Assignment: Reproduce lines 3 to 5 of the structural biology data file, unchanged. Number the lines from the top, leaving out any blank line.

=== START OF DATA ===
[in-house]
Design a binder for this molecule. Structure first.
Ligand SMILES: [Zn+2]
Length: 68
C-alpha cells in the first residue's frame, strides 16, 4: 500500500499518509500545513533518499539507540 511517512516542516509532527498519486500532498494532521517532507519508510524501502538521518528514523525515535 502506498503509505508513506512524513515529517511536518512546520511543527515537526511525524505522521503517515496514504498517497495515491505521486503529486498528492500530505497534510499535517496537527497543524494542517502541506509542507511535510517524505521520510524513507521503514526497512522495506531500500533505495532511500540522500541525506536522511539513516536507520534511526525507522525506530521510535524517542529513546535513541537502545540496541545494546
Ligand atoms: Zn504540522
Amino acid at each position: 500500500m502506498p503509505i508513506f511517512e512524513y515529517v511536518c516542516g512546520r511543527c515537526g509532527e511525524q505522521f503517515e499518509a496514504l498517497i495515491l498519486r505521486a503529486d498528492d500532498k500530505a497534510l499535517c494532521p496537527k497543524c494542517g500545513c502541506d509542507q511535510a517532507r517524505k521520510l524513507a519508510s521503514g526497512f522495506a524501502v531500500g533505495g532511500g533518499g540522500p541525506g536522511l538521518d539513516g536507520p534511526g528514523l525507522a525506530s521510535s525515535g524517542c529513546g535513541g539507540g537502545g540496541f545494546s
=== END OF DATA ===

Ligand SMILES: [Zn+2]
Length: 68
C-alpha cells in the first residue's frame, strides 16, 4: 500500500499518509500545513533518499539507540 511517512516542516509532527498519486500532498494532521517532507519508510524501502538521518528514523525515535 502506498503509505508513506512524513515529517511536518512546520511543527515537526511525524505522521503517515496514504498517497495515491505521486503529486498528492500530505497534510499535517496537527497543524494542517502541506509542507511535510517524505521520510524513507521503514526497512522495506531500500533505495532511500540522500541525506536522511539513516536507520534511526525507522525506530521510535524517542529513546535513541537502545540496541545494546